Friday, August 25, 2006

Peter McCallum needs to get out more... or stay home more. I’m not sure.

Well, here’s a strong contender for inclusion in the second edition of Creme de la Phlegm. It’s Peter McCallum’s no-holds-barred review of Batavia, that multi award-winning shipwreck of an opera, which has sailed its way into Sydney Harbour.

The review, for the Sydney Morning Herald, opens thus:
“First I need to be honest and say that I found Peter Goldsworthy and Richard Mills’s Batavia the vilest thing I have experienced in the theatre...”
Mr McCalum goes on to say that he felt that he was in the thrall of “people with megalomaniacal visions” who were not going to release him until he had experienced their grand narrative:
“so that one felt raped by the volume, alienated by the lack of sensitivity or aptness in the musical symbols, and repelled by the unctuous sermonising.”
It certainly makes Alison Croggon’s response to the first act [the link to the sixth comment doesn't seem to be working... Alison writes “I was dragged out of the opera Batavia at interval by my embarrassed husband because I was standing up and booing”] seem positively restrained.

Mmm, maybe not!

Contrast McCallum’s review with that of David Gyger’s, in Opera Opera, after the premiere season in 2001:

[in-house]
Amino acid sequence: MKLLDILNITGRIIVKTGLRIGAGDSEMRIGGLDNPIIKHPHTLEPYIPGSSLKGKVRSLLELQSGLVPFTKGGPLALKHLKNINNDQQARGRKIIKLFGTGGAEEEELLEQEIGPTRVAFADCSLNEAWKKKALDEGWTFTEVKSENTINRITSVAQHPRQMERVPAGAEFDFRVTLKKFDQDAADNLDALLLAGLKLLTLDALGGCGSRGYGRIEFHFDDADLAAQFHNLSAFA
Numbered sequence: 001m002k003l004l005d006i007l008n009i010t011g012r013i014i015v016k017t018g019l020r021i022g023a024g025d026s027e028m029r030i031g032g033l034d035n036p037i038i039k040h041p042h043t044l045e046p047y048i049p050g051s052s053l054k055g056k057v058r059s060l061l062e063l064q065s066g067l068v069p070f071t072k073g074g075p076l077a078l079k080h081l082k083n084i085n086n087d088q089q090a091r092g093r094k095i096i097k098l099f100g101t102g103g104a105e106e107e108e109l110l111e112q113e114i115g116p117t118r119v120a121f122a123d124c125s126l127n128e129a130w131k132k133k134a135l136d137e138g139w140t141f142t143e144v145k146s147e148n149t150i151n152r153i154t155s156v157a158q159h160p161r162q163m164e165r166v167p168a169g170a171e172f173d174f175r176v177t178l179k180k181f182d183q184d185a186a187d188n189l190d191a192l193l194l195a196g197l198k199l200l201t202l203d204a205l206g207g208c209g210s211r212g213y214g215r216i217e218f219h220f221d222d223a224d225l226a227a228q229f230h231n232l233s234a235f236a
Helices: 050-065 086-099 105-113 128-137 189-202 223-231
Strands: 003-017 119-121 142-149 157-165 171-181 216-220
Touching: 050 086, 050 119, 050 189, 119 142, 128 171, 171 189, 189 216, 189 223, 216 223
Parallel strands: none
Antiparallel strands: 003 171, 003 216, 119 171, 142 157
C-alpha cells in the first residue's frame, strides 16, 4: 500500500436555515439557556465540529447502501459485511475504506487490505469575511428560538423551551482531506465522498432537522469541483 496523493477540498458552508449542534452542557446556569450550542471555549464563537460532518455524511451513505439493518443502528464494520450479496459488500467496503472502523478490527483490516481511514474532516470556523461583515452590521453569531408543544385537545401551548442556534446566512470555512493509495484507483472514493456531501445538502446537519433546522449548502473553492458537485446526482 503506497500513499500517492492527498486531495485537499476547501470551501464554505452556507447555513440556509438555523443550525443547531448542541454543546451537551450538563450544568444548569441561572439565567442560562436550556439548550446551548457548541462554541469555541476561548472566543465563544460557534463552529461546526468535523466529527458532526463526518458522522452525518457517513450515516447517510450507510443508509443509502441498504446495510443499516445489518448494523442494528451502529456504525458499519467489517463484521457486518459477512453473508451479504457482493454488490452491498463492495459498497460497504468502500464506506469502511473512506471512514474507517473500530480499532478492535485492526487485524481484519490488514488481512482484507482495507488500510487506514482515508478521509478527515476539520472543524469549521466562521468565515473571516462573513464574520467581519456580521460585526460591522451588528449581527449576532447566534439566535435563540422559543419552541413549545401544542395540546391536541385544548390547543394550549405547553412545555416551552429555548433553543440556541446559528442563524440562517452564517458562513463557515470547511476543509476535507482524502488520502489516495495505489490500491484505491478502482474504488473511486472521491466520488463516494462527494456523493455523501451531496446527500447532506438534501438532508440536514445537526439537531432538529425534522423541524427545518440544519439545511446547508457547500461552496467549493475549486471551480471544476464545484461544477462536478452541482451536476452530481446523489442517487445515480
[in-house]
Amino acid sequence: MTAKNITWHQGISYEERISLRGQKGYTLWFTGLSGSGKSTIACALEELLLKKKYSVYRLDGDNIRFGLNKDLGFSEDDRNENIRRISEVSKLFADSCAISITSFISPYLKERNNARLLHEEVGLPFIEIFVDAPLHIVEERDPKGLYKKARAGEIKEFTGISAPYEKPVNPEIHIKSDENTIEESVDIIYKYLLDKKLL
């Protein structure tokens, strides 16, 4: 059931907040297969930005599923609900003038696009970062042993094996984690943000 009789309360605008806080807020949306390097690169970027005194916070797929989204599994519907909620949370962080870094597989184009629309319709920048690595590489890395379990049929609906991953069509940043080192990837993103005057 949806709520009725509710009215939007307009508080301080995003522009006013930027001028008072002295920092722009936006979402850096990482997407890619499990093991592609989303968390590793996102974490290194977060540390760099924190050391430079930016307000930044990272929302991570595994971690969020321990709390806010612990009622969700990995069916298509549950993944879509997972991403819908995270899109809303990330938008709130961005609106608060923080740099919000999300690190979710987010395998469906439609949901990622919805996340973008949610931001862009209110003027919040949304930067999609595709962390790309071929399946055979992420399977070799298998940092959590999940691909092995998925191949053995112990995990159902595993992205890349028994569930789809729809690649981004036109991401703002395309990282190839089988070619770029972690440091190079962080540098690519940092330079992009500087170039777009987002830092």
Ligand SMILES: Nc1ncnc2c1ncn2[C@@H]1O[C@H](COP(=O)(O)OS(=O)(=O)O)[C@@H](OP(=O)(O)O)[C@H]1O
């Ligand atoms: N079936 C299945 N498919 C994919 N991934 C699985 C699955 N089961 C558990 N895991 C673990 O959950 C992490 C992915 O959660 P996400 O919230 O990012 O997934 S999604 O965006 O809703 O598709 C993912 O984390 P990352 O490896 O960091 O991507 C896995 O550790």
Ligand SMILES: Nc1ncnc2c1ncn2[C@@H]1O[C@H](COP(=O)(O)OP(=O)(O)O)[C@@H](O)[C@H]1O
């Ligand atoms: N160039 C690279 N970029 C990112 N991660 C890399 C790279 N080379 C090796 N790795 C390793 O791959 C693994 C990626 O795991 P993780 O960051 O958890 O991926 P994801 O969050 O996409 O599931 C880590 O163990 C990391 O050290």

“With Batavia, Richard Mills consolidates his claim to be considered Australia’s most promising composer of opera at the dawn of the new millennium.”
Me? I reckon Mills should go back to something more homey. I quite liked his singspiel version of Summer of the Seventeenth Doll, which Richard Wherrett directed for the Victoria State Opera in October 1996, when the VSO was in its death throes. (Well, it was knocked-up and invites to the shotgun wedding with the Australian Opera had been roneod.)

Which reminds me: check out the company logo in Dan Potra’s set for Batavia... Curious coincidence, of course, that the brand new Victorian Opera company should have a VO5-style logo of Victorian primness... not unlike this one:



A couple more things for trivia lovers -- and Trivia was a goddess who could see in three directions -- when The Doll was on in The Playhouse, Batavia’s champion Simone Young was conducting Die Frau ohne Schatten in the adjacent State Theatre. (The Covent Garden production with sets by David Hockney.)